September 16, 2008
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Washington, DC – At a hearing of the U.S. House Energy and Commerce on HR 3402, the “Calling Card Consumer Protection Act” today, Sally Greenberg, Executive Director of the National Consumers League, said the largely unregulated industry was a “Wild West” and spoke in support of greater consumer protections in the purchase and use of prepaid calling cards. Greenberg commended the bill’s lead sponsor, Representative Eliot Engel (D-NY), and other supporters for their leadership in offering HR 3402.
“Prepaid calling cards are already a $4 billion industry, projected to grow to $6.4 billion,” Greenberg said. “Unfortunately, too many of the prepaid calling card companies engage in fraud and deceptive practices with the most vulnerable consumers falling prey. Consumers need more transparency and full disclosure as outlined in Congressman Engel’s bill.”
Greenberg added that the terms found in the fine print on the back of prepaid calling cards are unreasonable and one-sided. “Anytime you have an industry like this, with low barriers to entry and a totally unregulated market, you can be sure there will be unscrupulous operators who will take the money and run,” said Greenberg.
For the full statement submitted by NCL’s Greenberg, which contains a timeline of the growth of the prepaid card industry, examples of the outrageous fine print found on the backs of real prepaid calling cards, and more detailed policy recommendations.
“The rapid growth of the prepaid calling card industry combined with, until recently, a lax enforcement of consumer protection statues at the state and federal levels, has enabled consumer fraud to flourish. Like so many other scams, the most frequent victims of the fraud and deception are the most vulnerable consumers: immigrants and the working poor; military families, and those lower income Americans who often cannot afford or obtain regular phone service, relying on calling cards to stay in touch with friends and loved ones in the US and abroad. Sadly, along with immigrants, military families are so often targeted for many scams and rip-offs we see at the National Consumer League’s Fraud Center.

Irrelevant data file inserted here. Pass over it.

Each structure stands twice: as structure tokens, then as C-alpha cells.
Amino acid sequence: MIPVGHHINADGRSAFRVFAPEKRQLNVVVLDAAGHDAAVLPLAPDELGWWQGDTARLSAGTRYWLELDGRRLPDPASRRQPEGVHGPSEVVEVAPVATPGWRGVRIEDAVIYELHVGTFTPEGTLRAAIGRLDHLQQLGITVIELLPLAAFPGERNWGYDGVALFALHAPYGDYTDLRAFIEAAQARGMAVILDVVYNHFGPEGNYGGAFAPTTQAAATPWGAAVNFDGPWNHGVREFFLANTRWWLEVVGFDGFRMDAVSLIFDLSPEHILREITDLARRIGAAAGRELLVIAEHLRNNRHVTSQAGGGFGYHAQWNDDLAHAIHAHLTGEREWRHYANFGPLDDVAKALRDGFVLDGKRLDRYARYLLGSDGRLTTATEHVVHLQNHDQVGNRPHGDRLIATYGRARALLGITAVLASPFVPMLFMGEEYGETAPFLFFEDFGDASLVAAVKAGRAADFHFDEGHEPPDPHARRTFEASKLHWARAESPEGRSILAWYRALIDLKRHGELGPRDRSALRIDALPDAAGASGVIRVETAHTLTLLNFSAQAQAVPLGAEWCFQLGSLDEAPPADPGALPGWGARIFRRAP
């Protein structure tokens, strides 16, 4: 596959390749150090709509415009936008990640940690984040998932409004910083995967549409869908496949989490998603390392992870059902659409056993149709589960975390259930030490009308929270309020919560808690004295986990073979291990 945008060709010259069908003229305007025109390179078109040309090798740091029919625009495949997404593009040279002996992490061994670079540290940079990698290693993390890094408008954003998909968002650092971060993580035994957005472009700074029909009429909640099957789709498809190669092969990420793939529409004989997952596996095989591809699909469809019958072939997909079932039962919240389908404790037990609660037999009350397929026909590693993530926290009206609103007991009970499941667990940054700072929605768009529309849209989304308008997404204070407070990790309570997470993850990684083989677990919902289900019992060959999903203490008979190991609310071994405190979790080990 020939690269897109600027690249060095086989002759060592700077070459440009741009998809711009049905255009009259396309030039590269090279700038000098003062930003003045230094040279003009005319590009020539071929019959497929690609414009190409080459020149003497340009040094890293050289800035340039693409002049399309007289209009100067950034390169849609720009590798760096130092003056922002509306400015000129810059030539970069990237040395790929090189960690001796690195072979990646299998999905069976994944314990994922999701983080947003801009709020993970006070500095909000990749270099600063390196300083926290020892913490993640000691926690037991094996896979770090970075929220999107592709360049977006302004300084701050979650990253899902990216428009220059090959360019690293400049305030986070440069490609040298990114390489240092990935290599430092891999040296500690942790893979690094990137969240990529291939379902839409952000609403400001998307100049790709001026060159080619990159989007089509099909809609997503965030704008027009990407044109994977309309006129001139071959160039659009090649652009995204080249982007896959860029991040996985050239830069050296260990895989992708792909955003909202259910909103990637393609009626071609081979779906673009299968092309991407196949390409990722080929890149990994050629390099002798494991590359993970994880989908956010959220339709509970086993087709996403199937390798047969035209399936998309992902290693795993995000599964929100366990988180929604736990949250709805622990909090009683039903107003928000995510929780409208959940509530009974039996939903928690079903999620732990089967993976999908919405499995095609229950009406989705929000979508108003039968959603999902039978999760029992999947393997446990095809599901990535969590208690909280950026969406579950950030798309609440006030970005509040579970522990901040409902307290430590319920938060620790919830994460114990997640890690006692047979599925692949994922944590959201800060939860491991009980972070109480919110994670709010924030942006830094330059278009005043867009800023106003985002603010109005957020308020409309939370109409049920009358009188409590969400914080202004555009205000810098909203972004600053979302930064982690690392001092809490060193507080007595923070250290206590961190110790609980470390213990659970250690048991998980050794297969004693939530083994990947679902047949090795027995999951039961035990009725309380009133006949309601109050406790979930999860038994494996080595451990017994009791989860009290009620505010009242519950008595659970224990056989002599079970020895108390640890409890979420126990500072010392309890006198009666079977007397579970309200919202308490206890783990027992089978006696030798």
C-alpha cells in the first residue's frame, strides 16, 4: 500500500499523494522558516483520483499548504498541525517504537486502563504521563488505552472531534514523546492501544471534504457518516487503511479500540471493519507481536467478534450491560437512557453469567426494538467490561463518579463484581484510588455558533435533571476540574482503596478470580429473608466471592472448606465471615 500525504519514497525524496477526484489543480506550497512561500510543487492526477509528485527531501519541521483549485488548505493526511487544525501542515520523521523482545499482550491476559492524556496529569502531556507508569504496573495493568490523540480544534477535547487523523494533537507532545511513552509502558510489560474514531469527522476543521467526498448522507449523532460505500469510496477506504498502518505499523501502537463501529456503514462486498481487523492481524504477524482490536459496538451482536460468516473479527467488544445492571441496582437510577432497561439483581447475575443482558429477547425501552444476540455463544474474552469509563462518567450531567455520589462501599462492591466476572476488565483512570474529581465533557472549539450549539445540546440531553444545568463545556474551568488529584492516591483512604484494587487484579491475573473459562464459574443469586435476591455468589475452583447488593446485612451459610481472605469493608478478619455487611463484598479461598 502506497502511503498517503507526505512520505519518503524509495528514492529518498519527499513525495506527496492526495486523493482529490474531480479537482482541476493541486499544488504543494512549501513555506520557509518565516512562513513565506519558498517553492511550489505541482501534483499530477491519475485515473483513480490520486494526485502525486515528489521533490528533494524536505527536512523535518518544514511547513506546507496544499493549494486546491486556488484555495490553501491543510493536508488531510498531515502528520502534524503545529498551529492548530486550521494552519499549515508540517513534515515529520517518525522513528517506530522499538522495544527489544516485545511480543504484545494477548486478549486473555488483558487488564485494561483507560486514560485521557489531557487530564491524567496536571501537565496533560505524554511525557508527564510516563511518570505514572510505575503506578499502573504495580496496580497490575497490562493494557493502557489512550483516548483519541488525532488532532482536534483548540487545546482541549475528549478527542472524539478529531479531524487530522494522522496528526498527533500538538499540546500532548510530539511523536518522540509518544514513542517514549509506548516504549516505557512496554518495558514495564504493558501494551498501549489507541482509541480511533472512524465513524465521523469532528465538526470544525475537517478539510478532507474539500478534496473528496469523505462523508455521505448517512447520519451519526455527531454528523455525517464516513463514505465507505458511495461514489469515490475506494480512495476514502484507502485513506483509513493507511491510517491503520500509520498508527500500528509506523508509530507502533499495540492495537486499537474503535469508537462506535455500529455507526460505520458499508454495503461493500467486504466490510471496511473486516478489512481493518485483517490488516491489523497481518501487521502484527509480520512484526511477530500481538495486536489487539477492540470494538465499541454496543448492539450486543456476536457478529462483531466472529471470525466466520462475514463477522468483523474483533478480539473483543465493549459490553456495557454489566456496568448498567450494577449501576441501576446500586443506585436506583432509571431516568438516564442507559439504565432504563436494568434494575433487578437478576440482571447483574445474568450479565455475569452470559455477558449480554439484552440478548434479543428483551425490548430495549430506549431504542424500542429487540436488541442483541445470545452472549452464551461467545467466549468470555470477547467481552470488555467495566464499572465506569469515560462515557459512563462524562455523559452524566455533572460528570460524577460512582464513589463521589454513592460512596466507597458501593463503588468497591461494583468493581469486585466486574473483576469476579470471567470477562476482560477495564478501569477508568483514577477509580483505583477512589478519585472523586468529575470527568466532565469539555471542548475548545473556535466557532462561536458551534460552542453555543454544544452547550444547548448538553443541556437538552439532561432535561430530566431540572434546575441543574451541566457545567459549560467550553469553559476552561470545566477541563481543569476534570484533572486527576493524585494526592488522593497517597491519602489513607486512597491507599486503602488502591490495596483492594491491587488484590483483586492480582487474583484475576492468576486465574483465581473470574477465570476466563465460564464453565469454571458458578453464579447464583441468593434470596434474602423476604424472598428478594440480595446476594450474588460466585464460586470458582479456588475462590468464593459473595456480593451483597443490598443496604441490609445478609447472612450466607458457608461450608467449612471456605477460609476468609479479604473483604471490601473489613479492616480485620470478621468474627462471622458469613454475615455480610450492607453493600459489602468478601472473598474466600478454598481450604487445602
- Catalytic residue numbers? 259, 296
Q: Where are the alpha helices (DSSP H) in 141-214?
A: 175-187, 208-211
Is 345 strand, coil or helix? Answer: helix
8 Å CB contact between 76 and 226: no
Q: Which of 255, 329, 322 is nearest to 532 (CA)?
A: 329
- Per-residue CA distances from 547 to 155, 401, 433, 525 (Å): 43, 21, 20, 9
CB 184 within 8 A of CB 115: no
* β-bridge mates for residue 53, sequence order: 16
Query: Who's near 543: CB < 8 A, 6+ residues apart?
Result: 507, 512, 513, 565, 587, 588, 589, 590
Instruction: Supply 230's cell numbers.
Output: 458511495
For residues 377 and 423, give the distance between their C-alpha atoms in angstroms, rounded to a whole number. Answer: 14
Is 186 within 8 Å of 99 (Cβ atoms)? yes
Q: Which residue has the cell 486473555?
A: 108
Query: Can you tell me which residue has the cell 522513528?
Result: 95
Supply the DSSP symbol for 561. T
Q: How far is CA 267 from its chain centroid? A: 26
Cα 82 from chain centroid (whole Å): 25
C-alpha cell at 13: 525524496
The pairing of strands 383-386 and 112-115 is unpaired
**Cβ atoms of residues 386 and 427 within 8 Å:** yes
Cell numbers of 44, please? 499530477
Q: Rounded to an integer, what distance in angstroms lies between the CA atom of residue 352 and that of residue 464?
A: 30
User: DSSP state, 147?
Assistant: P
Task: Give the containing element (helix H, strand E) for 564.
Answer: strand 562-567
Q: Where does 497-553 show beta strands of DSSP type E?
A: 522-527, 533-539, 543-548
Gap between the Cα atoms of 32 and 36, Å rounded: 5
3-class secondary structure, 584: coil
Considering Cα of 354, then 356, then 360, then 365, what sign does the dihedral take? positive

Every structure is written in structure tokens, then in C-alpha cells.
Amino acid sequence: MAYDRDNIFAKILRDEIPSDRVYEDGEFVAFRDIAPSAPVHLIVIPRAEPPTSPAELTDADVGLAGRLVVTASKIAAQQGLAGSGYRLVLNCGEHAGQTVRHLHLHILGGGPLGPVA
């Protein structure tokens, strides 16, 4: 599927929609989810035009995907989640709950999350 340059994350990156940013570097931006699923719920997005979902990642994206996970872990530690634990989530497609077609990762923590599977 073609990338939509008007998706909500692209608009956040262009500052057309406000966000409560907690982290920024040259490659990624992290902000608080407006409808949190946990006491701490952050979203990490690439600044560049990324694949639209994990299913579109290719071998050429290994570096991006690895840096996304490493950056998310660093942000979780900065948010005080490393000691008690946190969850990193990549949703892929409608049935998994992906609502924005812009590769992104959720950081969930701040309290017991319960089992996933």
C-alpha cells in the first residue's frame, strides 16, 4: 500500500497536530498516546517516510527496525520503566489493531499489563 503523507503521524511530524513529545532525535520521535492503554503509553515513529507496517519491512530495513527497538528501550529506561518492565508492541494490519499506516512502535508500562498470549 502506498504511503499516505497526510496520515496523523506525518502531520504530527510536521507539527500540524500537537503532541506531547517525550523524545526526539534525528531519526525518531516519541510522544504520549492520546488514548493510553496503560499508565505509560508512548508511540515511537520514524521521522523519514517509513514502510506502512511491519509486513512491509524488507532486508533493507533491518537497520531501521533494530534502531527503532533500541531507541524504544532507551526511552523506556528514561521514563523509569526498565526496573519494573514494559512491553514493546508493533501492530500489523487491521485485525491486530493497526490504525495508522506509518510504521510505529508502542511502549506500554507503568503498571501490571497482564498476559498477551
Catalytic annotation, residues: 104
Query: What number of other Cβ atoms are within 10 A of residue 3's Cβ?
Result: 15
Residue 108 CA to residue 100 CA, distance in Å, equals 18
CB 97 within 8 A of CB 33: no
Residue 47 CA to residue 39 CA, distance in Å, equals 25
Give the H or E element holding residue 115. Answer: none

Hispanic consumers may be losing up to $1 million per day because of fraudulent phone cards. Examples of fraudulent practices used by the prepaid companies include “hang-up fees,” periodic maintenance fees, destination surcharges, and high billing increments. Companies that try to “play by the rules” are often punished by a loss of market share due to fraudulent carriers.
While some state attorneys general have taken the lead in prosecuting fraudulent prepaid card companies, and the Federal Trade Commission has done commendable investigations and brought important cases against individual prepaid phone card providers, we need basic federal protections to stem the ongoing tide of the many deceptive practices in this industry. Only 11 states, including California, Connecticut, Florida, and Illinois, currently have laws pertaining to calling card fraud, specifically.
While HR 3402 requires disclosure of the name of the prepaid calling card service provider, we recommend that this section of the bill be expanded to include requiring the address of card originator and a toll free number, and that operators answering the phone be able to speak the language in which the card was advertised. The requisite disclosures should be in the same language. We also support requiring that the disclosure text on the calling card itself, packaging, or other promotional material (including online) be in same language used to advertise the card.
About the National Consumers League
Founded in 1899, the National Consumers League is America’s pioneer consumer organization. Its mission is to protect and promote social and economic justice for consumers and workers in the United States and abroad. NCL is a private, nonprofit membership organization. For more information, visit www.nclnet.org.